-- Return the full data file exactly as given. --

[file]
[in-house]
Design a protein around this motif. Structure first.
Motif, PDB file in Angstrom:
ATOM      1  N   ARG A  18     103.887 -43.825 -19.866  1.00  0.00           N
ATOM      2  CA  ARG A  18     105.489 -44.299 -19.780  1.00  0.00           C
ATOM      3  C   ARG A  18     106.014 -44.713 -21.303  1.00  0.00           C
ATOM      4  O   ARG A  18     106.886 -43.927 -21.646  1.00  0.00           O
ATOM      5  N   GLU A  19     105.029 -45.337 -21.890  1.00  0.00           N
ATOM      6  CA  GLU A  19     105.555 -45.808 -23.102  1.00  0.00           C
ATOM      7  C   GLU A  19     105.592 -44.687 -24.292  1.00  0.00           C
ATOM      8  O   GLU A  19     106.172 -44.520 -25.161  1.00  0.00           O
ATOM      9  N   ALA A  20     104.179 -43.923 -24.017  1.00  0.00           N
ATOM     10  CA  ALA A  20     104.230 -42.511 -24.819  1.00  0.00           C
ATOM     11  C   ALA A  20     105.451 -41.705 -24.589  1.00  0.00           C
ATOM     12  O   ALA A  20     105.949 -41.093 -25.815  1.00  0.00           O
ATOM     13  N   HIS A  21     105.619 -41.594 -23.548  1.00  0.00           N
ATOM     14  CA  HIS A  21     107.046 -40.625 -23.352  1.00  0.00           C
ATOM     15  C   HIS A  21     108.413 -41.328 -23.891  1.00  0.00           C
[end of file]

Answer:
[in-house]
Design a protein around this motif. Structure first.
Motif, PDB file in Angstrom:
ATOM      1  N   ARG A  18     103.887 -43.825 -19.866  1.00  0.00           N
ATOM      2  CA  ARG A  18     105.489 -44.299 -19.780  1.00  0.00           C
ATOM      3  C   ARG A  18     106.014 -44.713 -21.303  1.00  0.00           C
ATOM      4  O   ARG A  18     106.886 -43.927 -21.646  1.00  0.00           O
ATOM      5  N   GLU A  19     105.029 -45.337 -21.890  1.00  0.00           N
ATOM      6  CA  GLU A  19     105.555 -45.808 -23.102  1.00  0.00           C
ATOM      7  C   GLU A  19     105.592 -44.687 -24.292  1.00  0.00           C
ATOM      8  O   GLU A  19     106.172 -44.520 -25.161  1.00  0.00           O
ATOM      9  N   ALA A  20     104.179 -43.923 -24.017  1.00  0.00           N
ATOM     10  CA  ALA A  20     104.230 -42.511 -24.819  1.00  0.00           C
ATOM     11  C   ALA A  20     105.451 -41.705 -24.589  1.00  0.00           C
ATOM     12  O   ALA A  20     105.949 -41.093 -25.815  1.00  0.00           O
ATOM     13  N   HIS A  21     105.619 -41.594 -23.548  1.00  0.00           N
ATOM     14  CA  HIS A  21     107.046 -40.625 -23.352  1.00  0.00           C
ATOM     15  C   HIS A  21     108.413 -41.328 -23.891  1.00  0.00           C